The concrete subtleties of Hebrew narrative can easily elude readers versed in theological talking points and religious ‘viewiness’ (to quote Cardinal Newman). We all have just enough pseudo-education in our blood that we can’t really help but reduce the Book of Job to a predictable series of lame paradoxes and postmodern clichés. Meanwhile, the Job story demands intrepid readers—you know, the kind of seekers who peer at words in the same way explorers once groped doggedly along fog-shrouded shores seeking the elusive Northwest Passage. Sadly, the age of exploration has long passed, and so, it seems, has the age of books and reading. In their places, we have sated rich folks queuing up Everest at 60,000 dollars a pop, and instead of real books of discovery, we have commentaries on top of commentaries (and blogs to no end).
I am fairly certain that some exegete has already noted in his dismal commentary that when Job curses ‘his day’ in Chapter 3, he was actually cursing God. And I am sadly aware that in not a few North American Sabbath Schools, the resident wag will repeat precisely this querulous insight, letting it hang in the air like a stink bomb to the Faithful’s serene confidence in the Quarterly. It follows that my reading of Job, Chapter 3, will be a primitive one: concrete instead of abstract. Ancient literature has ever been ‘of the world’ in the sense that it trades in the res; the things that God has made (however marred by sin). What secular modern and postmodern man invents: the abstractions, the generalizations, the pomposities of theory and speculation cannot be found in the world of God made things. They exist only in our sordid minds.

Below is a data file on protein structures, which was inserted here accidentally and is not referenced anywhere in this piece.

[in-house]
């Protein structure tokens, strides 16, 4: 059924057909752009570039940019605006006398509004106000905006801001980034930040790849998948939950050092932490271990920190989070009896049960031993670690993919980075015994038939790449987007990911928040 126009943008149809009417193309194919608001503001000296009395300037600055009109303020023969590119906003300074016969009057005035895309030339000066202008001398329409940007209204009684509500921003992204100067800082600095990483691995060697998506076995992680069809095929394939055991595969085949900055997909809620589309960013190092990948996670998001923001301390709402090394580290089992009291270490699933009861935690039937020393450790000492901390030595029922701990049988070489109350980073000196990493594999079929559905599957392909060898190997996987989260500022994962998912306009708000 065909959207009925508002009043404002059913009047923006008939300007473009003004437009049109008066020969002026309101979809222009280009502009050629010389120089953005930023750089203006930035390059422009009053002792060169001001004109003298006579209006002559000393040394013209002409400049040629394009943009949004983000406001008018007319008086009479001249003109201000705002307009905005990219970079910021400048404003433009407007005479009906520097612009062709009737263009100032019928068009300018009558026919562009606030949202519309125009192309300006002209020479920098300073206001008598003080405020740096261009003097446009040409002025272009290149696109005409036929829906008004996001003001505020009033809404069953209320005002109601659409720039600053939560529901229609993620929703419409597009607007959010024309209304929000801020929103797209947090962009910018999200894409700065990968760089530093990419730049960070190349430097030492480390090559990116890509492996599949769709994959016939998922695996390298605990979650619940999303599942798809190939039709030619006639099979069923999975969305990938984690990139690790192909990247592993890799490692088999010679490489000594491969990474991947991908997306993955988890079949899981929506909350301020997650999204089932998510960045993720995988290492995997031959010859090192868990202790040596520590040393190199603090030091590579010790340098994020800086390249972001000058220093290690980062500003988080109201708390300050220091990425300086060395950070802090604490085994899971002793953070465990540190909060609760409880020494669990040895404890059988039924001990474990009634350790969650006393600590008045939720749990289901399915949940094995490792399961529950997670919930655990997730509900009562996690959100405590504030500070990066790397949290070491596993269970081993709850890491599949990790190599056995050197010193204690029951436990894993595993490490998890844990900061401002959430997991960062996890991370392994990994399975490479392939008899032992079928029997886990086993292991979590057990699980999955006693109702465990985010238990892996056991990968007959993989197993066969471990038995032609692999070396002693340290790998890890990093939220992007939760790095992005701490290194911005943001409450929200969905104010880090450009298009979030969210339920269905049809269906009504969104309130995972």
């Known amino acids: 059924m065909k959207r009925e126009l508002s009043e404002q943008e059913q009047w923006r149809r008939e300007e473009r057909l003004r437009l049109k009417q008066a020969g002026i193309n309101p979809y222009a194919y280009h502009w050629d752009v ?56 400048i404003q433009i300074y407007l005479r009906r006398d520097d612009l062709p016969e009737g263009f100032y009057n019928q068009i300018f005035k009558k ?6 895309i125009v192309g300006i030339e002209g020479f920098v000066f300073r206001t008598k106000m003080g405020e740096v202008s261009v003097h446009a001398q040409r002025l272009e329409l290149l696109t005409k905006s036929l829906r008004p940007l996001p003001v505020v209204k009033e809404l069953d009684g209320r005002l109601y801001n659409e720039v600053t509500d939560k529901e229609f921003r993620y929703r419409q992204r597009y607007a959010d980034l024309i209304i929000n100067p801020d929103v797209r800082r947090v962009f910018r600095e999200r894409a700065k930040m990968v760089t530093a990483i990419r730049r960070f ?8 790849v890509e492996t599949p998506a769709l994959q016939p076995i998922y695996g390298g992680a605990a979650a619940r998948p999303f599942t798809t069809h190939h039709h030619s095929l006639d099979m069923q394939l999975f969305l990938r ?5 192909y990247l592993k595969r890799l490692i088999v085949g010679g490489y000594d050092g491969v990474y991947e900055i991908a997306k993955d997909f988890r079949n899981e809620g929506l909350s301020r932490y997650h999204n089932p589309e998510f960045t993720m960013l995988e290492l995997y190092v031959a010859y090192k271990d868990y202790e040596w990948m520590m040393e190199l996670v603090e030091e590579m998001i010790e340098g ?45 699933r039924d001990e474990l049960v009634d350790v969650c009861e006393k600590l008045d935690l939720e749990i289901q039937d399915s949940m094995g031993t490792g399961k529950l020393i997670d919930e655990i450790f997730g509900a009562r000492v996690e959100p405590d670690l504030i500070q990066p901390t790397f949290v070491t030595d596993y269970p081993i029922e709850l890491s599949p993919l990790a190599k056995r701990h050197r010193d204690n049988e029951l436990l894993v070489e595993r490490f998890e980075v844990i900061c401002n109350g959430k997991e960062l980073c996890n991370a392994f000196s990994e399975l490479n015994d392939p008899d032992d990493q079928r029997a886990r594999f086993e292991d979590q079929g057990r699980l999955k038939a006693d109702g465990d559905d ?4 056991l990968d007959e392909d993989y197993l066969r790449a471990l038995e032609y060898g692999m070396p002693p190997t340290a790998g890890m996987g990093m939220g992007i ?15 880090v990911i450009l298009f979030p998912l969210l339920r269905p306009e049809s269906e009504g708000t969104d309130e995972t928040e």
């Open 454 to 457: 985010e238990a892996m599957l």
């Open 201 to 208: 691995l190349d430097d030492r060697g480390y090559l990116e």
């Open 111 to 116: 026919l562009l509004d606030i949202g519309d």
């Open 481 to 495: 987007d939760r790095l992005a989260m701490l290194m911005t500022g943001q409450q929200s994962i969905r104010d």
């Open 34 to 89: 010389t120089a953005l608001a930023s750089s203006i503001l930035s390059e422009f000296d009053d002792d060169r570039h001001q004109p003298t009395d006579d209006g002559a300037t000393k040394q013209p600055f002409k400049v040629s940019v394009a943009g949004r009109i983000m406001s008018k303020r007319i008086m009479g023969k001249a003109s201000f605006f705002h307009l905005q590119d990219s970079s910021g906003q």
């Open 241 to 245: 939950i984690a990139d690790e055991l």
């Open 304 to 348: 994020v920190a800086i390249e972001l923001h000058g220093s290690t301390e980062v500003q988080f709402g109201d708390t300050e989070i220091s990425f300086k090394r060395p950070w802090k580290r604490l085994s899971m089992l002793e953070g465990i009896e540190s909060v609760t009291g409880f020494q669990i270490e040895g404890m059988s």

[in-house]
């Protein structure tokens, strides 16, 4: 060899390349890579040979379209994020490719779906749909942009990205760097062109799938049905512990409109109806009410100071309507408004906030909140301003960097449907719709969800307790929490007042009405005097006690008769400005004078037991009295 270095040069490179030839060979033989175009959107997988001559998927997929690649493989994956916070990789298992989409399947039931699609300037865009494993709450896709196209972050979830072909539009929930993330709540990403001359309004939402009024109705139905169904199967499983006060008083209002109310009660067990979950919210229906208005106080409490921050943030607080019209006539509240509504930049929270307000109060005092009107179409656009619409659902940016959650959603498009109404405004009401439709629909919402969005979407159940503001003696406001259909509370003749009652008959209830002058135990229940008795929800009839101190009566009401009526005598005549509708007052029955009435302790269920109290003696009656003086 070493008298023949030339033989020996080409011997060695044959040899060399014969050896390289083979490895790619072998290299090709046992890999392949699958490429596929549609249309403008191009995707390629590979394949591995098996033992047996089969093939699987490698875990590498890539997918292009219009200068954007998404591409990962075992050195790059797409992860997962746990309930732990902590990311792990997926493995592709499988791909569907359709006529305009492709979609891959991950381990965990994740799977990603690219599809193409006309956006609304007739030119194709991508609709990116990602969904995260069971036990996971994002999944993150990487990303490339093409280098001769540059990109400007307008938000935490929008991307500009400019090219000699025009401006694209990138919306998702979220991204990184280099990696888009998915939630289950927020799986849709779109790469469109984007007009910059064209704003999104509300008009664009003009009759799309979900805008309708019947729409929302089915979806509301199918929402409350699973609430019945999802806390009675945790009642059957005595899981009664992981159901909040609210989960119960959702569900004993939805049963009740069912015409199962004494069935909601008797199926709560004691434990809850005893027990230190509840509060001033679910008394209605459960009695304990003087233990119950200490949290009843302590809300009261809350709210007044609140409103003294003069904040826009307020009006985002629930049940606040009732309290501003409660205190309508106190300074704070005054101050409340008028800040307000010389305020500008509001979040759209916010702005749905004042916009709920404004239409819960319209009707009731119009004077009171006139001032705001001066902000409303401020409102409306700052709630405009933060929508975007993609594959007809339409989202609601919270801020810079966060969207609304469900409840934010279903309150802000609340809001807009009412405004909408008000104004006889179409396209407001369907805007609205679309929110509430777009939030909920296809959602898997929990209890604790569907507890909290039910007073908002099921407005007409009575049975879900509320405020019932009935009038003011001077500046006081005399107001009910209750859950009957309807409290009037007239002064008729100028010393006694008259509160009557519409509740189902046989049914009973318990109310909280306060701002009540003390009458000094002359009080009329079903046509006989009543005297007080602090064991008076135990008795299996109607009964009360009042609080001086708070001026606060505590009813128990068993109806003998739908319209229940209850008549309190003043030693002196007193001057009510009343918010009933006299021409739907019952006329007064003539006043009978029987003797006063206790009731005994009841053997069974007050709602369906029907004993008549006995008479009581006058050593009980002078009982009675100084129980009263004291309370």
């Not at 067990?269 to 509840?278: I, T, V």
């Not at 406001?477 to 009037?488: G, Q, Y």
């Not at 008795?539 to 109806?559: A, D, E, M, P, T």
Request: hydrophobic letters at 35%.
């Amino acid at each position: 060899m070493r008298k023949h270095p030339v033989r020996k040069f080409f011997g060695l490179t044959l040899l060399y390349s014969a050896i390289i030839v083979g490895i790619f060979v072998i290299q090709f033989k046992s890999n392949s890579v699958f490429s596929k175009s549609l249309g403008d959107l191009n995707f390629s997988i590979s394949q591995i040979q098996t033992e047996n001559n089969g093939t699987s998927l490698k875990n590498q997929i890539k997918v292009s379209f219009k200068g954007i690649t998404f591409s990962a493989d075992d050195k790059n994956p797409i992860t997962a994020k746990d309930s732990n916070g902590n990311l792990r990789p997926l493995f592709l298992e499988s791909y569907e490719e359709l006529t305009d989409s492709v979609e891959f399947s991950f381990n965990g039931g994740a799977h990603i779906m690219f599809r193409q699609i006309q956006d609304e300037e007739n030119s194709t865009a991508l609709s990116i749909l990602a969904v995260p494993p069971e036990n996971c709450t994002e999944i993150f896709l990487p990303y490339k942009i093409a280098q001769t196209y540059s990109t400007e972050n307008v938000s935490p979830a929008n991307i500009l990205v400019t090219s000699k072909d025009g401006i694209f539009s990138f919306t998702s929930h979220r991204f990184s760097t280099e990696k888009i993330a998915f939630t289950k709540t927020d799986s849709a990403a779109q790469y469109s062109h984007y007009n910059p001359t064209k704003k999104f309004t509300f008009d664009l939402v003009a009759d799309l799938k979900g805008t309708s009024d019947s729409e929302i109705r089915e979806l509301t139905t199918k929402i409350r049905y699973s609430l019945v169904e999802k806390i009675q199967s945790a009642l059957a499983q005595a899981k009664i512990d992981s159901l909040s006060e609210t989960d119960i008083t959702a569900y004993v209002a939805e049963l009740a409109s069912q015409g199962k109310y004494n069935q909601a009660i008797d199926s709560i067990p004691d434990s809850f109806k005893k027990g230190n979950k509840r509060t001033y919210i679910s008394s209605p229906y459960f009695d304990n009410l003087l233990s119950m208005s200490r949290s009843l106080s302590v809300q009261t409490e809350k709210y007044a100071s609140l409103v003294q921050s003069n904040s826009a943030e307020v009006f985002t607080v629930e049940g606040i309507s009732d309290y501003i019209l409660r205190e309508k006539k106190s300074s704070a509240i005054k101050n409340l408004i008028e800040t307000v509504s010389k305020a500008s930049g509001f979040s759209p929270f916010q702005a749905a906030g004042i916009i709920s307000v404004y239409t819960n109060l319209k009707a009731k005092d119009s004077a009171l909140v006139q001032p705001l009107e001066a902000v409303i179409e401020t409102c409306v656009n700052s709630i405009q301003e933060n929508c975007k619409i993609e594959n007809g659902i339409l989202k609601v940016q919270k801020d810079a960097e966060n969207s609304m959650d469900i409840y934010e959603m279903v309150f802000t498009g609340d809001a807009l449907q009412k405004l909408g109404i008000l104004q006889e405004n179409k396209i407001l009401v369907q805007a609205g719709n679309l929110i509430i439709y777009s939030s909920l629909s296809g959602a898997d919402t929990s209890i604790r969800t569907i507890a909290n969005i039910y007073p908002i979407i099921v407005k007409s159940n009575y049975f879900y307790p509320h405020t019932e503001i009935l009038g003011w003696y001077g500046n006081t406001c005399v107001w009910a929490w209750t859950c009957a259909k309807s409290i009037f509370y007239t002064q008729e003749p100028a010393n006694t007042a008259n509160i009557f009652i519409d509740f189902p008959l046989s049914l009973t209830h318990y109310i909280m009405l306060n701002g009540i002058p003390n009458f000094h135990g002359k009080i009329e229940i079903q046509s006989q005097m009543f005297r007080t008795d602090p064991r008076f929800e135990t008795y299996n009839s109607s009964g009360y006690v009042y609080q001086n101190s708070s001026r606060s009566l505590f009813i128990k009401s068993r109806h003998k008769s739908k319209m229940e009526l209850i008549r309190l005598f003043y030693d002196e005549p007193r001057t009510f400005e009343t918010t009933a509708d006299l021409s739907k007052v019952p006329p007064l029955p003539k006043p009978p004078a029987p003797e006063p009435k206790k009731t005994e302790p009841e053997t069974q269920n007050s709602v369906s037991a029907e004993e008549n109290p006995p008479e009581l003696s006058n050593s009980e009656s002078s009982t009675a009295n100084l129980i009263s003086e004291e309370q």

When Job curses ‘his day’ (his birthday, that is), he is not cursing his life. Neither is he cursing the God who gave him life. If, as Augustine claims, words mean something because they signify what God has made, we can only understand the semantic value of Job’s cursing of ‘his day’ if we leave the words in the linguistic welter of things that make up Chapter 3. A quick read of the chapter reveals a crescendo of lament: first, Job would have the day of his birth ‘perish’; he desires his birthday to vanish from the calendar— a day that never dawned; a day ‘stained by the shadow of death’. A day uncreated by God because that day failed to abort Job’s birth—it failed to ‘shut up the doors of my mother’s womb’ (verse 10). Second, failing the removal of his birthday from the calendar (the erasure of history, as it were), Job wonders (more realistically) why he could not have just died at birth: ‘why did I not give up the ghost when I came out of the belly?’, and rather perversely, ‘why did the knees prevent me? Or why the breasts that I should such?’ (verse11-12). Finally (and here the crescendo reaches it climax), Job contemplates the advantages of being dead and of dying in the present; very real advantages, by the way, which we often fail to acknowledge in our inculcated paranoia of death:
[In the grave], the wicked cease from troubling; and there the weary prisoners rest… the prisoners rest together; they hear not the voice of the oppressor. The small and the great are there; and the servant is free from his master.
Verse 19 is telling, given its implied longing for a just world: a world in which ‘the servant is free’ from oppression. Note, too, how the crescendo reaches a bleakly positive climax: death is good to the extent that it achieves the great leveling or just equalizing of human society. Here Job reveals his tragicomedy dilemma: justice will come to each of us, but only, it seems, in the grave.